Audio Available!

Audio Available!
Be sure to check out in each blog post the links to the audio recordings of my homilies. They are at the beginning of each post! Also, look to the right for links to Audio from other good resources!

Wednesday, December 24, 2014

Christmas homily


Today we celebrate one of the most central truths of the Christian faith: Jesus Christ was born - God became a little child in order to be with us.  Emmanuel we call Him: "God-with-us".  It really is true, God is with us.  He comes right into our world, not as a warrior-king with all the worldly authority and power we can imagine, but just the opposite: as a vulnerable and poor child, without even a home of His own.
It's interesting that there is no room at the inn for them.  I think that speaks to our parish in a special way as we continue with our plans, thanks to your generosity, to build a larger church: we want to make sure there is enough room for Jesus to be present to His people.  We are the Body of Christ, and the Lord desires to have a home here with us so that we can truly worship together and not broken up into so many separate small groups (like at the three 5:00 Christmas Eve Masses celebrated simultaneously).  There is a beauty to seeing Jesus at work in each other, and thanks to God for the way He is at work in our midst, drawing our parish into a stronger and more united family of faith, and never abandoning us.
Emmanuel comes right into our messy lives.  God is with us even when we aren't prepared for Him.  He doesn't wait for us to be "ready" for Him because He knows we'll never be completely ready for Him - Advent would last forever!   Instead, He comes into our mess in order to help us out along the way.  And I've seen that so concretely in the sacrament of Confession: God meeting us where we are, loving us where we are, and walking alongside us as we journey to become the best-version-of-ourselves, one step at a time toward holiness and happiness - which are really the same thing.

GS 22 - The truth is that only in the mystery of the incarnate Word does the mystery of man take on light. For Adam, the first man, was a figure of Him Who was to come,(20) namely Christ the Lord. Christ, the final Adam, by the revelation of the mystery of the Father and His love, fully reveals man to man himself and makes his supreme calling clear. It is not surprising, then, that in Him all the aforementioned truths find their root and attain their crown.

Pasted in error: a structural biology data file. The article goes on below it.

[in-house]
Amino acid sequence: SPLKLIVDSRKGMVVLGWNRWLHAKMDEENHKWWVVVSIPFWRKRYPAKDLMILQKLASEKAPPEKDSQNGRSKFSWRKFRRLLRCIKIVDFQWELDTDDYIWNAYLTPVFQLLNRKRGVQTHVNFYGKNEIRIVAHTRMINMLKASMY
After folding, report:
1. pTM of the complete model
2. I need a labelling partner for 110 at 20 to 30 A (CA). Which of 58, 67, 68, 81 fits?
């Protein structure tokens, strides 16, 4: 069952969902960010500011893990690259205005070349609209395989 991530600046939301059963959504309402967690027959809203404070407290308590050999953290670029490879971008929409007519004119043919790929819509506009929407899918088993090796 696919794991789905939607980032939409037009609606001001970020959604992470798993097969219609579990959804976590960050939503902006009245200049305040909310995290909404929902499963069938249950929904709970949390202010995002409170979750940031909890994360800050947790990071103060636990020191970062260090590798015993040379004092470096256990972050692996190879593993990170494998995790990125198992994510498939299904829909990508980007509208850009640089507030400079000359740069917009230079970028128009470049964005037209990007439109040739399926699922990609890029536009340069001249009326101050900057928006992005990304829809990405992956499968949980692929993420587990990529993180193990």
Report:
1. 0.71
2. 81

He Who is "the image of the invisible God" (Col. 1:15),(21) is Himself the perfect man. To the sons of Adam He restores the divine likeness which had been disfigured from the first sin onward. Since human nature as He assumed it was not annulled,(22) by that very fact it has been raised up to a divine dignity in our respect too. For by His incarnation the Son of God has united Himself in some fashion with every man. He worked with human hands, He thought with a human mind, acted by human choice(23) and loved with a human heart. Born of the Virgin Mary, He has truly been made one of us, like us in all things except sin.(24)

"God became like us so that we could become like him" - Saint Athanasius
We look to Jesus to reveal to us what we are called to be.  He reveals to us the way we were made to be.
So, with Mary and Joseph, with the shepherds and the angels, we look at the Christ child in order to learn from Him.  What virtues do we see in Our Lord Jesus? We see profound Humility - God makes Himself into a creature because He loves us that much. We see littleness and gentleness. Even we see weakness (according to worldly standards), for somehow through our weakness God's power is made even stronger and more clear.  Let us look at Jesus and contemplate what we are meant to be: asking what is the best-version-of-myself that this child reveals to me?

Lastly, this Lord Jesus reveals to us the importance of the Eucharist as well.  For us Catholics, Emmanuel or God-with-us takes on a very special meaning in the Eucharist.  Thanks to the unbelievable humility of God, and to His amazing love which desires to be so close to us, even as a bridegroom rejoicing with His bride, we are able to receive this greatest of all gifts: Holy Communion, wherein the Lord Jesus becomes God-within-us!  Bethlehem literally means "house of bread" and that is what every Catholic church becomes: the heavenly house of divine bread, where in the Tabernacle we find our Lord Jesus, Emmanuel, present to us and showering us with His love.  May we always let the Lord Jesus feed us with His life-changing presence in our personal prayer, in Sunday Mass, and in the sacrament of Confession.  Lord Jesus, we love you; thank you for coming into our mess; please transform our hearts.

No comments:

Post a Comment